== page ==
Icons come up in every project these days. Here’s a generic solution to the foundation that I use to manage icons in all my projects.
Icons are a part of our lives on the web. They make their way into almost every project. Some projects may even require the use of dozens or hundreds of icons. Having a system that works for simple projects and can scale is a necessity is for maintaining productivity.
The key to it all is to be consistent. The exact tooling doesn't matter. What matters is that you develop common dimensions, color patterns, names, styles, etc. These things are unique to your projects and your ways of working, but they are crucial to the system's success, regardless of the tooling you choose to use.
You may have a designer that handles sourcing or creating all your icons. If not, you want to find a reliable system. I like The Noun Project because there is a wide range of icons available, which I can use without attribution because I pay for a license.
The challenge with a shared source like The Noun Project is that it's up to you to curate similar-styled icons, or some may not look like they belong. Going with a specific icon library (Untitled is one of my favorites lately) has the benefit of being created by a single source with the purpose of creating a cohesive set.
Using Figma as the basis for this system makes working with icons super easy. Figma is all about developing design systems and has several thoughtful features to support this.
The rest of the post looks at how this process works in Figma.
Let's look at how to get the system started. I'll be bringing in an icon from The Noun Project, but you can source from anywhere.
Typically, when importing from another source, there are a number of adjustments I make to the icon. These typically include:
Next, you want to choose a size for your icons. What you're choosing is the biggest dimension that any icon will use. The frame for every icon will be square. I'll use
100 as an example, but you can pick whatever you want.
To resize an icon:
100in my example)
Make sure that your icon position (
y) is set to an integer and not a decimal. There are odd artifacts when we copy when using a decimal.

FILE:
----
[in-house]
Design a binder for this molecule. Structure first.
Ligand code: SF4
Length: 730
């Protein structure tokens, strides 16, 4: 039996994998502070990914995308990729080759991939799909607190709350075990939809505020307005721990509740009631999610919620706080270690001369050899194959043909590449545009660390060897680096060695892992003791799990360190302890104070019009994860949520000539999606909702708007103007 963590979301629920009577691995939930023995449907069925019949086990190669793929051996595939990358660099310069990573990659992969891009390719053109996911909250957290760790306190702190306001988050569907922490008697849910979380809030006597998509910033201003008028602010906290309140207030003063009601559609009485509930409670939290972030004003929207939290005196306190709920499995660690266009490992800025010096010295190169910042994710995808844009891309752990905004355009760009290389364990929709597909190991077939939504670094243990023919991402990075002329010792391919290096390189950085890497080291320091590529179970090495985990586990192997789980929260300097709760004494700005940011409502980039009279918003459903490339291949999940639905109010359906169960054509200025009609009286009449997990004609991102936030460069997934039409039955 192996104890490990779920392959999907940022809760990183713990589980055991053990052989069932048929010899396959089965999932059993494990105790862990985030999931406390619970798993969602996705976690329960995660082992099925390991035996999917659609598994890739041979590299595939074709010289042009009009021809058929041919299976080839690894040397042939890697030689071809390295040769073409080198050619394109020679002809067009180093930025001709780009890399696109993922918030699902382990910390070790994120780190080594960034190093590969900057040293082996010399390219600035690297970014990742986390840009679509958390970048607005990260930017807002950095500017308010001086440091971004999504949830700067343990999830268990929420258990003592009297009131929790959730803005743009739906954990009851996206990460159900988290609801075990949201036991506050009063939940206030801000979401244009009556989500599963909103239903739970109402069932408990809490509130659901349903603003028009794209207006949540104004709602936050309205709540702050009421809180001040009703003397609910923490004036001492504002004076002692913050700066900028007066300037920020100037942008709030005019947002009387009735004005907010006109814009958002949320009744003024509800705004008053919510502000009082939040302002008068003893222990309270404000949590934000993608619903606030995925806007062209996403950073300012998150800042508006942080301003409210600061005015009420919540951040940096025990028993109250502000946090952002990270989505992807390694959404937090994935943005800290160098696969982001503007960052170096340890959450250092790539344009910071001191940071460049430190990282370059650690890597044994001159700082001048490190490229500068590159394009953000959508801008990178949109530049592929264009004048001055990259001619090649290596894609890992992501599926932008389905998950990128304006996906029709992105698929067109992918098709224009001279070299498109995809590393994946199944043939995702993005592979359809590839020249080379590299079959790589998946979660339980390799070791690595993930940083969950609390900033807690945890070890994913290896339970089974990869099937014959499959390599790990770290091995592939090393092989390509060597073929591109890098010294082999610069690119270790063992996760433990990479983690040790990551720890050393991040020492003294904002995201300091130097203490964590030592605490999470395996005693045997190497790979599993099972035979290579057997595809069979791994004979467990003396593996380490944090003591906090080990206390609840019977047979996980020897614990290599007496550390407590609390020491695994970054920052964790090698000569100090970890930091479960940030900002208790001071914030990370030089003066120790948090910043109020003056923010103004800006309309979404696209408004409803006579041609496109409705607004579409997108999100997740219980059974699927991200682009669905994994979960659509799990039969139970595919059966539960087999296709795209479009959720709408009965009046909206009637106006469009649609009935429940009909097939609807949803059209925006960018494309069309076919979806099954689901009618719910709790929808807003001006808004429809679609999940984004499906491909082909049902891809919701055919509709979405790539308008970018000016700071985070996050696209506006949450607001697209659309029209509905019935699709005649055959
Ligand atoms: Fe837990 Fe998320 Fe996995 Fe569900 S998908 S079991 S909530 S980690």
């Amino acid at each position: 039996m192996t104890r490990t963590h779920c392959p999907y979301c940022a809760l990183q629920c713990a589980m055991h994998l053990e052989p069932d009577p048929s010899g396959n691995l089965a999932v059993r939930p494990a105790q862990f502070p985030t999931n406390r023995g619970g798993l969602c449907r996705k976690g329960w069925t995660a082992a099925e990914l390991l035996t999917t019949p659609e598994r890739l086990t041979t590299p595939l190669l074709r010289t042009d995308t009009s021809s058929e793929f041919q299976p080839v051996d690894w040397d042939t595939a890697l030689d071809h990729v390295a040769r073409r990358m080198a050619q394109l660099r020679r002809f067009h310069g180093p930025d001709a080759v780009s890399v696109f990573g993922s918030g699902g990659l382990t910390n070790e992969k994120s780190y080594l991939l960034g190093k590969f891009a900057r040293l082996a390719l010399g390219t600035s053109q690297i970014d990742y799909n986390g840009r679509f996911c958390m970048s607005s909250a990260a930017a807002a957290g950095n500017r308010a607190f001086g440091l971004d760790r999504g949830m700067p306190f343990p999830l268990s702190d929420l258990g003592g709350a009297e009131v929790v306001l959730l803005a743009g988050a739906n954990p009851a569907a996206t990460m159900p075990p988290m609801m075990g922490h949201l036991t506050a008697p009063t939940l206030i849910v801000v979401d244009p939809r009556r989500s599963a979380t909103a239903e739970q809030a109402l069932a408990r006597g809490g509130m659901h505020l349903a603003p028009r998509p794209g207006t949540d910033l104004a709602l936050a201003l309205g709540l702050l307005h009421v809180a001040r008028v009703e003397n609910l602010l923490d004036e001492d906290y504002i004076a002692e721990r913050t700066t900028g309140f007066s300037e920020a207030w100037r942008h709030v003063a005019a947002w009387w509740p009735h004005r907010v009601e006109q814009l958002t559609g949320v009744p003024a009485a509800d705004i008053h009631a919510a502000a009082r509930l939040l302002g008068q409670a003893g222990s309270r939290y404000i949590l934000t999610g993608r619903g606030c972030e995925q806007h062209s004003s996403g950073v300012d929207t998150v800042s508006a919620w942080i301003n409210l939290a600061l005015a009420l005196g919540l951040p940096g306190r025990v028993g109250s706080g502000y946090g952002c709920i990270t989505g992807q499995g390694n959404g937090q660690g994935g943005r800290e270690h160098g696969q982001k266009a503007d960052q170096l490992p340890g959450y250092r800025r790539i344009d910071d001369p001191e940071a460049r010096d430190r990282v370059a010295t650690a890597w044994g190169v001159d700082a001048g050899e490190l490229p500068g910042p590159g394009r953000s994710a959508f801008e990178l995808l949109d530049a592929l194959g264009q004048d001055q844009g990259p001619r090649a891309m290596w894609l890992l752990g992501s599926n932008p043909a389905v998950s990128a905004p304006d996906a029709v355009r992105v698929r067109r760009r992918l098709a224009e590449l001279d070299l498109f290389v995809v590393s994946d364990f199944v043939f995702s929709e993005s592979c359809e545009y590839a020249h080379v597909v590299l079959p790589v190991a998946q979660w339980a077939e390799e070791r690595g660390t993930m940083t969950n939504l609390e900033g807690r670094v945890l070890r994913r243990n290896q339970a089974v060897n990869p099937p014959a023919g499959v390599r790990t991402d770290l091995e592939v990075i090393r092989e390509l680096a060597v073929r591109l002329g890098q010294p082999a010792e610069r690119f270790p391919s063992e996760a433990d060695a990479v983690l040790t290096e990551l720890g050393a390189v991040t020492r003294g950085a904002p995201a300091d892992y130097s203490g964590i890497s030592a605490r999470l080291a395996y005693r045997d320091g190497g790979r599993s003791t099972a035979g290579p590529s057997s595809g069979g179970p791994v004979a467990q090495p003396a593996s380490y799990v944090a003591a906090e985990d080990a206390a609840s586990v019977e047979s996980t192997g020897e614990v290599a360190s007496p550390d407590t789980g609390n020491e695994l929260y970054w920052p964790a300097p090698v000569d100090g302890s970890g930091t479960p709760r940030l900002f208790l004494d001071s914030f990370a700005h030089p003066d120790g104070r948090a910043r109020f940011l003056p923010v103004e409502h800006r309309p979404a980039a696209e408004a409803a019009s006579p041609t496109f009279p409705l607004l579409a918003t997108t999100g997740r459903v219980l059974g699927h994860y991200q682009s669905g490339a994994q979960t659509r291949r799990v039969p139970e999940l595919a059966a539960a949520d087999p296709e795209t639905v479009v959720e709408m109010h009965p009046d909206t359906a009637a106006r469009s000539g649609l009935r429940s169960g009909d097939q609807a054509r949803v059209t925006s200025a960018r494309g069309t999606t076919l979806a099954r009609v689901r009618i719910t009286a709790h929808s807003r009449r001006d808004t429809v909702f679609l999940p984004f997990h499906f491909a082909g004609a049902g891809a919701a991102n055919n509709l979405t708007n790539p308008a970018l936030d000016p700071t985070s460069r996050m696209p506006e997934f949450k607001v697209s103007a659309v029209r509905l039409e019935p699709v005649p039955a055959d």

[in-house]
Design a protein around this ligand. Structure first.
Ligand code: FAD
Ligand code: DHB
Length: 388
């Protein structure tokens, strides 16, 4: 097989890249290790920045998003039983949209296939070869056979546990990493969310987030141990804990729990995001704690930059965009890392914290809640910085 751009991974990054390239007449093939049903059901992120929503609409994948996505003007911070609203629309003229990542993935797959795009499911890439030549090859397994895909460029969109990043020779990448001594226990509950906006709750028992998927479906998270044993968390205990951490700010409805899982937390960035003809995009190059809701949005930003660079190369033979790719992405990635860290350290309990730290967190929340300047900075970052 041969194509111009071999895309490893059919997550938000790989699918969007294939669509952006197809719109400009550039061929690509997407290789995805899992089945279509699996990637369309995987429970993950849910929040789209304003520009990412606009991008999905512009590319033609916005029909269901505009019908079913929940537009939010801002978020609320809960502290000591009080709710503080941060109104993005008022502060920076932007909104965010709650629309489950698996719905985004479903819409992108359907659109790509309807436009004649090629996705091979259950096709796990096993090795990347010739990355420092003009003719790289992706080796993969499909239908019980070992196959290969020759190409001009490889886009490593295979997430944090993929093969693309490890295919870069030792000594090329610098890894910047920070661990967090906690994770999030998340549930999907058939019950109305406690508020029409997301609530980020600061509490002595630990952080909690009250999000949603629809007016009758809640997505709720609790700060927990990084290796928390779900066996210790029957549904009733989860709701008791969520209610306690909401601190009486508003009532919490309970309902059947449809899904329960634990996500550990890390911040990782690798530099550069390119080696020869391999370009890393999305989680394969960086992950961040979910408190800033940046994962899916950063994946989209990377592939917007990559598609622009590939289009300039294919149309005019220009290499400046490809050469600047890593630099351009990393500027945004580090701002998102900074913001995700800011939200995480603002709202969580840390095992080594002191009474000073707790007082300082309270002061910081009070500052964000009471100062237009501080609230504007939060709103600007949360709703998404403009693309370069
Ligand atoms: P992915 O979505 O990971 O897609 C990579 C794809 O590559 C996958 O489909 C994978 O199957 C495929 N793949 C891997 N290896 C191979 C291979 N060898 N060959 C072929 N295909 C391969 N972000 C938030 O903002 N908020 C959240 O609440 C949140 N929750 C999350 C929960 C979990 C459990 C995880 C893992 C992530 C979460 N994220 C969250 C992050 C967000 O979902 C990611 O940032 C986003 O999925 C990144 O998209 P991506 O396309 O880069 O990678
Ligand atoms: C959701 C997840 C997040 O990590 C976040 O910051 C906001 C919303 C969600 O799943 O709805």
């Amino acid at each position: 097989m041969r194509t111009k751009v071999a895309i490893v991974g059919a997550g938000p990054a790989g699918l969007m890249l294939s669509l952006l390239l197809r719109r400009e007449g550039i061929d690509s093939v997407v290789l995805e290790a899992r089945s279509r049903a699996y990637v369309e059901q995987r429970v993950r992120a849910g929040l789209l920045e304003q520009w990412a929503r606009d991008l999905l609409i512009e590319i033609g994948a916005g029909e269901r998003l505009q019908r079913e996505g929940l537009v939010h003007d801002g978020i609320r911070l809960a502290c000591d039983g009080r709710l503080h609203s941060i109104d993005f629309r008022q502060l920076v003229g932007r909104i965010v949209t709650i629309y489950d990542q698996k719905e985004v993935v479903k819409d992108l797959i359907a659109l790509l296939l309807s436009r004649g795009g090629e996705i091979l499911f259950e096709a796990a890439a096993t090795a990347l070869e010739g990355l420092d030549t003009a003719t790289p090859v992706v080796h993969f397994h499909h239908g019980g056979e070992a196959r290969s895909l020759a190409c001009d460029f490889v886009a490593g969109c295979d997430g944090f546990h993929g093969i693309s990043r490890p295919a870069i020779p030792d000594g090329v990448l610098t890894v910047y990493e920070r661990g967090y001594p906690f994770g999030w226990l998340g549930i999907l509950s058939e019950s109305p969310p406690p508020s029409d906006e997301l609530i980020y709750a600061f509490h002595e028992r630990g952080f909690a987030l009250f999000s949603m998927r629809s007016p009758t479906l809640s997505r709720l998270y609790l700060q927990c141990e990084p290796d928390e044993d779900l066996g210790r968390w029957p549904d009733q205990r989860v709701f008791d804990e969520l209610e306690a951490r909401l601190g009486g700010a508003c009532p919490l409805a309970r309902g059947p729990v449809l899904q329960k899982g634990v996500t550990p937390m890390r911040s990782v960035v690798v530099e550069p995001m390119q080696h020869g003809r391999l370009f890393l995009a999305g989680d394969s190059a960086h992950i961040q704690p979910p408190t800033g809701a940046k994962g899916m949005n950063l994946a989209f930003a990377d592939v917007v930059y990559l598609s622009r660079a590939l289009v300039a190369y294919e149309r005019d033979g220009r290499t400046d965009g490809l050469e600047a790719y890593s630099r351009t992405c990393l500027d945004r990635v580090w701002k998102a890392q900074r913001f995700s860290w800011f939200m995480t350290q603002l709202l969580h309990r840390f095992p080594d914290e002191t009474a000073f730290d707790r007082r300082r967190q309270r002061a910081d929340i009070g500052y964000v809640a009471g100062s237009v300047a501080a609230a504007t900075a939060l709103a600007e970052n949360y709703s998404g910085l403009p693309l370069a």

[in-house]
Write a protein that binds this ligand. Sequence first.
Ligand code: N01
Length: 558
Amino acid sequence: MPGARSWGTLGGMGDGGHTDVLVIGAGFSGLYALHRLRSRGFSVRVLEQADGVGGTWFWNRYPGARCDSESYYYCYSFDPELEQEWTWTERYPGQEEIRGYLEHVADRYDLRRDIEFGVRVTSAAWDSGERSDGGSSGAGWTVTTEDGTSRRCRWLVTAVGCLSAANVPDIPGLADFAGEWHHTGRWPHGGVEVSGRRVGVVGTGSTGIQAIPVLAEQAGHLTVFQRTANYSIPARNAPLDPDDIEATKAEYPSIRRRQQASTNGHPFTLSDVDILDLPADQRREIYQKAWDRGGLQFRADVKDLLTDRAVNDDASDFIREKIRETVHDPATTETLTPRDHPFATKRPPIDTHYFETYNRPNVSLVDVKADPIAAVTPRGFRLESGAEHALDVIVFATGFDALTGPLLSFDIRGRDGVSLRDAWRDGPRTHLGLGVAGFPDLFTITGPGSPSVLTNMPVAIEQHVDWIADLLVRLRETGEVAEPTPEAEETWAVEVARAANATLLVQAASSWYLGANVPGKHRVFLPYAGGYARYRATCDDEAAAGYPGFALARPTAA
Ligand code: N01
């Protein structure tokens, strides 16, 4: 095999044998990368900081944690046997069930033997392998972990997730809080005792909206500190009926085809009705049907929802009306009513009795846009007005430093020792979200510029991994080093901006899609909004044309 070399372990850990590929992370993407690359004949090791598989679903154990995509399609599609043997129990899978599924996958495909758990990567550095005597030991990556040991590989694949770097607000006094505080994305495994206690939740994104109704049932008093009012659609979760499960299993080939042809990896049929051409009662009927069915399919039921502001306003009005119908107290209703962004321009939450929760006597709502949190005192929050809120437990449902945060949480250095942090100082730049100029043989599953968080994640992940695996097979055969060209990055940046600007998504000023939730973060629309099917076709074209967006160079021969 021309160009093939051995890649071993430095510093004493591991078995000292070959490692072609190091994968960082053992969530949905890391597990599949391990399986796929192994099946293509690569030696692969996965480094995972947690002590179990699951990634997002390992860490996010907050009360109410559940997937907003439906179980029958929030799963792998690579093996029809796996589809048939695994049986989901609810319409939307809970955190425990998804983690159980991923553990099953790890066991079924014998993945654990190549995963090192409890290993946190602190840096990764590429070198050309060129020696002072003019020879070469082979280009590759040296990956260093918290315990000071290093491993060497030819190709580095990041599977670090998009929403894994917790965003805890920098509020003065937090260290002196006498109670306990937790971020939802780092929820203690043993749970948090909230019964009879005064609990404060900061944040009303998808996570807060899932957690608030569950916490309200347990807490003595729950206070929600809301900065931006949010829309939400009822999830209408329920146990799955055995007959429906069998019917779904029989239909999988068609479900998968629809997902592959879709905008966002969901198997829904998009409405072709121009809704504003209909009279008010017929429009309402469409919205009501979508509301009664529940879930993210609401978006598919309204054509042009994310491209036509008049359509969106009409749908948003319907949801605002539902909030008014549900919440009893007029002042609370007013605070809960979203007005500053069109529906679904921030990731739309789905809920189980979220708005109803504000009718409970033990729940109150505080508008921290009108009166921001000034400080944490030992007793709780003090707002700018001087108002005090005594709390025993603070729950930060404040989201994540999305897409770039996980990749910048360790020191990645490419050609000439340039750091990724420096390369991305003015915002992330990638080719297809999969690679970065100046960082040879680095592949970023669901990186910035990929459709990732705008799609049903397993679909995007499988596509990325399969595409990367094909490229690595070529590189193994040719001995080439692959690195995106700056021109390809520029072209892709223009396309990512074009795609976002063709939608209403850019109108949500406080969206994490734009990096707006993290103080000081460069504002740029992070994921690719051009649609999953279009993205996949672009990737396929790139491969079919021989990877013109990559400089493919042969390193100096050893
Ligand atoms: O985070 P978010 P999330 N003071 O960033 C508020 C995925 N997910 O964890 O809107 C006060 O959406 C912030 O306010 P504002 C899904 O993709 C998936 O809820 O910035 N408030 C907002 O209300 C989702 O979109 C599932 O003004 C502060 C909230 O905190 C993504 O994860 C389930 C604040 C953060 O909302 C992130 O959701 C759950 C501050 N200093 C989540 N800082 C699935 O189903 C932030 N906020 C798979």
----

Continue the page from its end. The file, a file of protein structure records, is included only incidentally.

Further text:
In the end, you should have a set of mostly clean, round numbers for your dimensions and position. Note that the smaller dimension may be a decimal. That's okay — what matters is that it is smaller than your preferred dimension.
Now we want to make a square frame that we can reuse for all icons. To do this, first select the shape, right (or secondary) click, and choose frame selection. (There is also a keyboard shortcut for this, which will be noted in the context menu.)
With the frame created, select the inner shape, and constrain its position to center and center.
Select the frame again, and change its dimensions to be square.
Your shape will be in the middle of the frame, which should now be square.
Once that is done, remove the position constraints from the inner shape. This is necessary for allowing your other designs in Figma to resize the icon.
And now you have an icon within a square frame, and you're ready to use it in your project. Right click on the frame, and choose Copy/Paste as and select Copy as SVG.
Then you can paste right into the appropriate file in your project. Here's an example of the output.
viewBox="0 0 100 100"
d="M13.0769 21.5385C11.3787 21.5385 10 20.1597 10 18.4615C10 16.7633 11.3787 15.3846 13.0769 15.3846H33.0769V3.07692C33.0769 1.37872 34.4556 0 36.1538 0H63.8462C65.5444 0 66.9231 1.37872 66.9231 3.07692V15.3846H86.9231C88.6213 15.3846 90 16.7633 90 18.4615C90 20.1597 88.6213 21.5385 86.9231 21.5385H13.0769ZM60.7692 6.15385H39.2308V15.3846H60.7692V6.15385ZM63.8462 100H36.1538C25.1106 100 17.6923 91.3449 17.6923 78.4615V33.8462C17.6923 32.1479 19.071 30.7692 20.7692 30.7692C22.4674 30.7692 23.8462 32.1479 23.8462 33.8462V78.4615C23.8462 85.8985 27.0799 93.8461 36.1538 93.8461H63.8462C72.9201 93.8461 76.1538 85.8985 76.1538 78.4615V33.8462C76.1538 32.1479 77.5326 30.7692 79.2308 30.7692C80.929 30.7692 82.3077 32.1479 82.3077 33.8462V78.4615C82.3077 91.3446 74.8894 100 63.8462 100ZM57.6923 33.8462V75.3846C57.6923 77.0828 59.071 78.4615 60.7692 78.4615C62.4674 78.4615 63.8462 77.0828 63.8462 75.3846V33.8462C63.8462 32.1479 62.4674 30.7692 60.7692 30.7692C59.071 30.7692 57.6923 32.1479 57.6923 33.8462ZM36.1538 75.3846V33.8462C36.1538 32.1479 37.5326 30.7692 39.2308 30.7692C40.929 30.7692 42.3077 32.1479 42.3077 33.8462V75.3846C42.3077 77.0828 40.929 78.4615 39.2308 78.4615C37.5326 78.4615 36.1538 77.0828 36.1538 75.3846Z"
This code isn't always perfect. Here are a few notes on cleaning up the copied code:
<g>elements are groups and can typically be removed.
<def>can also typically be removed.
clip-rulewithout effect in some cases, but it caused problems in other cases.
fill in your
<path> elements to
currentColor. This will make the SVG path inherit the nearest ancestor with a color value set. It makes changing the color of icons super simple.
You can also use the icon directly in your Figma project with these steps:
Then you can use the assets tab to pull it onto any page in Figma.
And now we're ready for adding the next icon to the project.
After creating a component in Figma for your icon, you can create a variant for a second icon.
Then I typically select the first variant and set the variant property to match the name of the icon shape I set earlier.
Add a new variant by clicking the plus icon below the first shape.
This may lead to a goofy layout. If that happens, use an auto layout on the component frame to fix the problem.
Then it's time to add the next icon, which is essentially following the steps above again:
(Skip to about 6:00 in the video at the top of this post to go through the process.)
And that's it! You now have the beginning of a scalable icon system that you can use in any front-end project.
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